Wines of Israel

Wine has been grown in Israel at least as far back as the Biblical times, and wine has special ritual significance in Judaism.

Israeli wines in the Biblical times were not, to put it politely, known for their particularly high quality. The Israeli wine industry suffered greatly in the chaos following the destruction of the Second Temple in 70CE. The Muslim conquest of Israel resulted in a halt in wine production that would not restart again in earnest until the Zionist movement.

Quick History of Modern Israeli Wines

The modern Israeli wine industry can trace its roots back to Baron Rothschild (of Chateau Lafite-Rothschild). The Baron was a strong supporter of Zionism and built two wineries in the late 1800s to serve the Jewish immigrants. Unfortunately, Chateau Lafite's expertise did not follow, and most Israeli wine of the time was made in the "classic" sweet and syrupy style. It is said that Benjamin Disraeli was given a bottle of kosher Israeli wine in 1875 and compared it unfavorably to cough syrup.

It would not be until the 1980s that there was serious effort to make high-quality varietal wine. After the Golan Heights Winery opened in 1983/1984, there has been a small explosion in quality wine production, and kosher wine has never been the same since. At this point, Israel is approaching (and in many cases exceeding) the quality of California; Israeli Cabernets are known for being particulary strong.

There are about a dozen or so major companies and many more smaller producers. Golan Heights led the way in bringing quality wine to Israel. The Carmel winery is the original one founded by Baron Rothschild and has been operating since 1882. Barkan and Dalton are younger companies with significant market share as well.

Geography and Wine Production

Israel is a very small country, so none of the wine regions are very far from each other, but the terrain is varied enough that each region has its own unique microclimate. The names of these regions are familiar to any reader of the Bible.

Galilee's high elevation makes it suitable for Continental European varietals. The Judean Hills are the mountains near Jerusalem and are also known for wine. The Golan Heights are also a major center of wine production and produce some of the finest wines in Israel.

Areas less familiar to Americans (but no less important) are the Negev and Sharon. The Negev vineyards are irrigated desert land; wine grapes grow well in semi-arid climates. Sharon is near the Mediterranean south of Haifa and constitutes the largest growing region in Israel.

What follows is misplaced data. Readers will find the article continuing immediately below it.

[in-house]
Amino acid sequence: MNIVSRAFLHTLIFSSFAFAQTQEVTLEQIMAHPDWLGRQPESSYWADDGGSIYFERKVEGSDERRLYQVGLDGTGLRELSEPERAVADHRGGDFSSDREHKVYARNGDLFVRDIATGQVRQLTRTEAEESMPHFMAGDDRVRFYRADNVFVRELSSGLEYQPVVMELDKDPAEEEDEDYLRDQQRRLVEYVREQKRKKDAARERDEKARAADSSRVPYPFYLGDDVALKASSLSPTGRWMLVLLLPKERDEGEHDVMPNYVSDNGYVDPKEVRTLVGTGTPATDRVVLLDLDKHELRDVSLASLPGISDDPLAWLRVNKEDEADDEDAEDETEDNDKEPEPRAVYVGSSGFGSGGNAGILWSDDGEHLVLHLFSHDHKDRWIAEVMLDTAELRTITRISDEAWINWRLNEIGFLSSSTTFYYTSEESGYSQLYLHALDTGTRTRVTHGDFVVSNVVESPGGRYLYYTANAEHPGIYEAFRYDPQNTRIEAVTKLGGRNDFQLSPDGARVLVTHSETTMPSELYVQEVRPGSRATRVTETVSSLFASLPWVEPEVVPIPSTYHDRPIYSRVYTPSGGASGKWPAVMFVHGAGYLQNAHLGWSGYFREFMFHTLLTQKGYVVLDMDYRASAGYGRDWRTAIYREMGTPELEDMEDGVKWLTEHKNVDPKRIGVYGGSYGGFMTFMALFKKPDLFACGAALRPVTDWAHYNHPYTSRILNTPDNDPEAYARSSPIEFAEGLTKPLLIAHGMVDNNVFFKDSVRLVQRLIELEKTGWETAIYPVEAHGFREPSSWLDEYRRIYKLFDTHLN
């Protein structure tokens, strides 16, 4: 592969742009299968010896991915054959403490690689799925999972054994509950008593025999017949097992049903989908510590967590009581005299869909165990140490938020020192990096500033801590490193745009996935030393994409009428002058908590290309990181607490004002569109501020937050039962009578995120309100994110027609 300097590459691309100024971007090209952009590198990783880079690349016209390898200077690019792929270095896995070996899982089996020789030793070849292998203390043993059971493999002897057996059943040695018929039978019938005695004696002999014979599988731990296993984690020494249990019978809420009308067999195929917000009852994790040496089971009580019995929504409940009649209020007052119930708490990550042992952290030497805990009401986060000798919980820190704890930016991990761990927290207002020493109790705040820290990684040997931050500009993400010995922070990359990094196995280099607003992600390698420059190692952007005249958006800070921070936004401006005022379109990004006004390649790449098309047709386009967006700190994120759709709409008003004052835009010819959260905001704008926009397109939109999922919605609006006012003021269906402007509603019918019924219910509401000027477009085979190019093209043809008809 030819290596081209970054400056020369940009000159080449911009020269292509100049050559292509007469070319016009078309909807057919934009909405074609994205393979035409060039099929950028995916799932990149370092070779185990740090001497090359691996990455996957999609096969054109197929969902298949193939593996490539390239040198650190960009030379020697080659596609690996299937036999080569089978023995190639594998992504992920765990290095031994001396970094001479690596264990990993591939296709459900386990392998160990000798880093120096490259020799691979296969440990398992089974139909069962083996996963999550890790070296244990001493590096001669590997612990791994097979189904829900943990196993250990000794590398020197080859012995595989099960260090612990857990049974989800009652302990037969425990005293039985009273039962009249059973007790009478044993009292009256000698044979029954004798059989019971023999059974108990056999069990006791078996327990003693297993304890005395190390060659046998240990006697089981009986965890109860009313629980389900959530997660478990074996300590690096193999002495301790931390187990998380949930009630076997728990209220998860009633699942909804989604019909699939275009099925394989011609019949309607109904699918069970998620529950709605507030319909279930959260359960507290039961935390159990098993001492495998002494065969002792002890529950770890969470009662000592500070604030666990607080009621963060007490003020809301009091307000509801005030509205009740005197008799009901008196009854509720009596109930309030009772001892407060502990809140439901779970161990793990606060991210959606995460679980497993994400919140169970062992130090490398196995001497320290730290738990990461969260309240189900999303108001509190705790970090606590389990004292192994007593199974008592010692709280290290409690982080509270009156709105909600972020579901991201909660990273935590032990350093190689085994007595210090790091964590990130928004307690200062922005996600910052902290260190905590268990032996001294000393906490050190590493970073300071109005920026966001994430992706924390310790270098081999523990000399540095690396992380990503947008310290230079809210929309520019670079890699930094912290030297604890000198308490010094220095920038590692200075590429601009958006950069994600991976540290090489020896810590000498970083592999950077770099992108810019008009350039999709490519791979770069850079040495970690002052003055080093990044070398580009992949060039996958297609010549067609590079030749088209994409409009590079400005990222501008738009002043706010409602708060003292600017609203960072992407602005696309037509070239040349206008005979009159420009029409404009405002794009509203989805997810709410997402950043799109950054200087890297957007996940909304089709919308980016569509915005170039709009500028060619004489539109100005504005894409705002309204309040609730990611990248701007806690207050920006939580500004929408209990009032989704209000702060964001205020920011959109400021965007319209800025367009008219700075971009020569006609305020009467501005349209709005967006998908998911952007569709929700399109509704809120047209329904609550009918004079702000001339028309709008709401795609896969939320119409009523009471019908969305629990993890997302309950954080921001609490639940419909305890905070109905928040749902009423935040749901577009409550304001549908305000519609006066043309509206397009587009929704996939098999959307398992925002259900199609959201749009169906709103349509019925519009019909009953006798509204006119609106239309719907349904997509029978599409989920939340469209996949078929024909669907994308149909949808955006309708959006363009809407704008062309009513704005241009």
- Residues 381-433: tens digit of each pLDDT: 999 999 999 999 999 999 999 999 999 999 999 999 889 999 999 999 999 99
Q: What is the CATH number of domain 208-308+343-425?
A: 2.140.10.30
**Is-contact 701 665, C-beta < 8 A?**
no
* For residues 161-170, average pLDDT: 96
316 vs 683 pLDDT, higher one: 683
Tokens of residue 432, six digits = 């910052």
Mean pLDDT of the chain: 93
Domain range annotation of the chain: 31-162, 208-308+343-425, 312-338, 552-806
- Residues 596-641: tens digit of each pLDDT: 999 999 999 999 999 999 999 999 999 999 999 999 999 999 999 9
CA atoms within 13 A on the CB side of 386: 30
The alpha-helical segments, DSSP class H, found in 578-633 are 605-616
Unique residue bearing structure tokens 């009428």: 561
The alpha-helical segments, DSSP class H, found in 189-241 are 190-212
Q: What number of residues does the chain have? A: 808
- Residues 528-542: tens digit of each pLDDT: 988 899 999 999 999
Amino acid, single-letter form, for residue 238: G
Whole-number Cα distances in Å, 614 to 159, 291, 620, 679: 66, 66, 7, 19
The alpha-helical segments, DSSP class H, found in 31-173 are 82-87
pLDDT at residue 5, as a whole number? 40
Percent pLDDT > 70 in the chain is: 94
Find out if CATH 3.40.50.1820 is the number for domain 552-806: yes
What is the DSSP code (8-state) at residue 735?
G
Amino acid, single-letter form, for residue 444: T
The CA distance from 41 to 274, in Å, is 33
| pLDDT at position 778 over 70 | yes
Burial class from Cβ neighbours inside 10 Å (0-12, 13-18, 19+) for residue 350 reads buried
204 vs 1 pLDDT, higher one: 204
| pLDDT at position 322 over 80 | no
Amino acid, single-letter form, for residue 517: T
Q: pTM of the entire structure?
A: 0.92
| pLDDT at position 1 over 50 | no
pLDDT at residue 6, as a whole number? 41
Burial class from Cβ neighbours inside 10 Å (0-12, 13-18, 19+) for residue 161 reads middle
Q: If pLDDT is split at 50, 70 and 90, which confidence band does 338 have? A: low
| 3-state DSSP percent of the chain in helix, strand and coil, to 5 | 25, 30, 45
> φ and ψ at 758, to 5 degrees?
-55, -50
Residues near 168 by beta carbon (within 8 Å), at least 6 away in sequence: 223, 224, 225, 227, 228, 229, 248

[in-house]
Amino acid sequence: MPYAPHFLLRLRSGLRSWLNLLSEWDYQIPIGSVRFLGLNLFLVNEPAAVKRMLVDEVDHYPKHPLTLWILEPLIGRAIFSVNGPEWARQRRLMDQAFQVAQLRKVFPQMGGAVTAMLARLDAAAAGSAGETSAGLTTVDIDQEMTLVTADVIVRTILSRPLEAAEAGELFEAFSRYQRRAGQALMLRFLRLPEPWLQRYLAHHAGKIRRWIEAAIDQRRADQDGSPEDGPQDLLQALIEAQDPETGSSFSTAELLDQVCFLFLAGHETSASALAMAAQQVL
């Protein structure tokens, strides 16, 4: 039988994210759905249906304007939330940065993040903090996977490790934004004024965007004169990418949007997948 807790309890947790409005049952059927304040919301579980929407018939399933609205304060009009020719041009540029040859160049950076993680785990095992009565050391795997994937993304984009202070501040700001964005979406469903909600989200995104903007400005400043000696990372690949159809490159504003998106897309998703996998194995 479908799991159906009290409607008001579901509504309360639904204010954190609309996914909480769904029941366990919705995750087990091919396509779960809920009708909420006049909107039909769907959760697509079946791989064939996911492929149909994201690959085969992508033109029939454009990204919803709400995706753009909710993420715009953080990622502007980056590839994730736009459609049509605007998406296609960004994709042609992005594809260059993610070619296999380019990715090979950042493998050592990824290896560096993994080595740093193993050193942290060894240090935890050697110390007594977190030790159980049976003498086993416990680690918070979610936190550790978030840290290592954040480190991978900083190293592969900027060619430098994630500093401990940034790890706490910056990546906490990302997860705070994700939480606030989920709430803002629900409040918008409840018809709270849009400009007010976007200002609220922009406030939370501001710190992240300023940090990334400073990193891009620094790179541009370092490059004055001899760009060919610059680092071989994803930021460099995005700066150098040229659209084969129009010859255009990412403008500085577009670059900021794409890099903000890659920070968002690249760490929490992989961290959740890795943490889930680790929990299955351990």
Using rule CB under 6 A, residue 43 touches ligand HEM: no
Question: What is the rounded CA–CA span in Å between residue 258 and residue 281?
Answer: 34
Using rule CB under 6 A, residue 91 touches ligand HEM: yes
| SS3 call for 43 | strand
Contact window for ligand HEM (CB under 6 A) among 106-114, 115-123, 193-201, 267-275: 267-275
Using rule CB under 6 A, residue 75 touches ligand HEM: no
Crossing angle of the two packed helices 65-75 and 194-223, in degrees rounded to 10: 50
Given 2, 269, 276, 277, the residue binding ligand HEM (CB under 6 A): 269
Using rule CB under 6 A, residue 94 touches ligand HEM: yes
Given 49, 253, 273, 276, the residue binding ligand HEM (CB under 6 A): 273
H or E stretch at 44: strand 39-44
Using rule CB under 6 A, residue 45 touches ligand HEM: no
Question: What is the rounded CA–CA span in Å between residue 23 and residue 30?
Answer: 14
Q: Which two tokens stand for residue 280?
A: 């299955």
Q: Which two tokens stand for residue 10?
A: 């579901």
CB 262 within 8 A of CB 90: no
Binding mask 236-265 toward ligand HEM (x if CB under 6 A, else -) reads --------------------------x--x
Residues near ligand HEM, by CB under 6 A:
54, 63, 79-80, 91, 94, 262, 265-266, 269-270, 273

Israeli wine production techniques tend to be very modern and high-tech, owing to the youth of the modern wine industry in Israel and the fact that many of the winemakers were trained at UC Davis. Export is limited due to the small size of Israel itself; there simply isn't that much land. However, the revolution in quality within the last generation allows Jews (and Gentiles!) all over the world to enjoy high-quality kosher wine. Israeli wines are usually made in a very New World or International style, similar to California or Australia.

Virtually all wine coming out of Israel is kosher (as it is easy to provide for Jewish supervision) although many are not mevushal. For an explanation of these terms, read about kosher wine.

Nu? What's good?

There is much in Israeli wines for their winemakers and mavens to kvell over. Because the Israeli wine industry is still exceptionally young, it is difficult to say what wines are especially good and distinctively Israeli. However, they have had great success with Cabernet and other red varietals, producing wines that would easily pass for a good (if young) Californian wine (there is something in the style of the ones I've tasted that seems very Californian to me). Kosher wine isn't just Manischewitz anymore; you'd be proud to serve these wines at your table on Shabbat. And there's no reason non-Jews can't partake either. Try some out and put aside your old preconceptions of kosher wine. L'chaim!

Wine Comments

White Yarden White Riesling 2003 (Galilee Region)
6 October 2006 Prominent and sharp fruit with moderate floral tones, refreshing crispness, long finish.
$14 / bottle
White Barkan, "Classic" Sauvignon Blanc 2007 (Adulam)
27 April 2011 Bright tropical fruit, crisp but with a smooth mouthfeel and finish. Light wood. Bordeaux-style but with more zip.
$15 / bottle